This week I read The Invention of Wings by Sue Monk Kidd. It's our St. Stephen's Episcopal Church's Book Club's selection for April. The book was chosen for Oprah's Book Club, and I couldn't wait to read it because I *love* The Secret Life of Bees and The Mermaid Chair. Oprah's Harpo Studios owns the movie rights, and I'm sure Oprah's company will produce a wonderful film adaptation.
This book is historical fiction, and in Kidd's author's notes she explains how she was looking for two sisters to write about when she discovered Sarah and Nina Grimké at The Dinner Party at the Brooklyn Museum in 2007. Judy Chicago's artistic rendering of a banquet table complete with place settings honoring 39 female guests of honor is displayed over a porcelain tile floor inscribed with the names of 999 other outstanding women who've contributed to history. On these tiles, Kidd read the names of Sarah and Nina Grimké. She was stunned that these outstanding women were from Charleston, her hometown. How could it be possible that she'd never heard of them before?
The Grimké sisters grew-up on a plantation close to Charleston. The family also had a town house in the city with many field and house slaves. Both women left their church, family, and beloved city to travel north to Philadephia to become Quakers and outspoken leaders in the abolitionist movement. But when the two increasingly speak out about women's suffrage, the Quakers expel them, and many in the abolitionist movement shun them for dividing the abolitionists.
The Invention of Wings is told from alternating points of view between Sarah and her personal slave, Hettie "Handful" Grimké. Sarah is given Handful as a present on her eleventh birthday. Sarah's rebellion starts early: she teaches Handful how to read and write. Both girls are punished for breaking the law, and there isn't much more information in history about Handful after other than her death from an illness. Most of her story and her history is fabricated in the book, but I enjoyed reading the story from her point of view very much. I can only imagine how many other slaves must have had similar thoughts and feelings.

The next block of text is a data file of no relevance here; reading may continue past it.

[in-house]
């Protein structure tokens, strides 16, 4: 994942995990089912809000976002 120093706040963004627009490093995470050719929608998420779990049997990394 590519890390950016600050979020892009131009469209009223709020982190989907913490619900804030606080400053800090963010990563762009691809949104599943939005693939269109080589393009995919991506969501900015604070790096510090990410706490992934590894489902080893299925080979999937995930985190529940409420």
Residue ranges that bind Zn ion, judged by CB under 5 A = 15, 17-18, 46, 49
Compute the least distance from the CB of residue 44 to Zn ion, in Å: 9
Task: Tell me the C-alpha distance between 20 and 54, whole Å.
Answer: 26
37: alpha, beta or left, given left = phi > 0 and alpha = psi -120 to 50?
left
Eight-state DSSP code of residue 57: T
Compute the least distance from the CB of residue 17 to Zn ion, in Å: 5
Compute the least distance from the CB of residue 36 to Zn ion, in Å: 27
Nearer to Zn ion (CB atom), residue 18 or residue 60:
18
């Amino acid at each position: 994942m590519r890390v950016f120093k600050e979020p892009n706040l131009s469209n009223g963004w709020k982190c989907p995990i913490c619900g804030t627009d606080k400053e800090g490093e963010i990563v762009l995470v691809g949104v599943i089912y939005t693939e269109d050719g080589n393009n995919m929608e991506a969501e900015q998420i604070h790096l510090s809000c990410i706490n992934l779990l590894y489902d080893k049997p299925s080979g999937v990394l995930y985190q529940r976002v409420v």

Sarah's biggest issue in life isn't her flaming red hair, but that she was born extremely smart and has ambitions beyond her station in life. It must be bitter watching her older brothers experience college and law school (her dream) and having access to her father's library taken away. During a time when finishing school and marriage was the best option for young women, Sarah chooses to remain single to pursue her dreams.
It's harder for me to relate to Sarah's plight than Handful's. I think the abolitionists had a good point in that they needed to focus on one issue at a time. Although I do see Sarah's point in that women could be in a better position to push the abolitionist cause if they had equal voting rights.
Most of the plot centers around the Charleston home of the Grimkés with their many children, harsh mother, and various house slaves. Handful's mother, Charlotte, is an interesting character, and her story was remarkable and tragic. Charlotte makes Sarah promise to help free Handful when she was just a young girl, and she believes that teaching her to read will fulfill that promise.
As tragic as slavery was in our history, another tragedy has occurred: women who have made a difference…those who have made it possible for us to achieve our dreams, fade from history. Why is that? My hope is that there will be more women history writers to preserve the stories of remarkable women who've risked their reputations, social status, and security to make a difference for us all.
NOTE: Oprah’s Interview with Sue Monk Kidd
The television interview airs on “Super Soul Sunday,” Sunday, April 13, 11 a.m. ET/PT on OWN: Oprah Winfrey Network.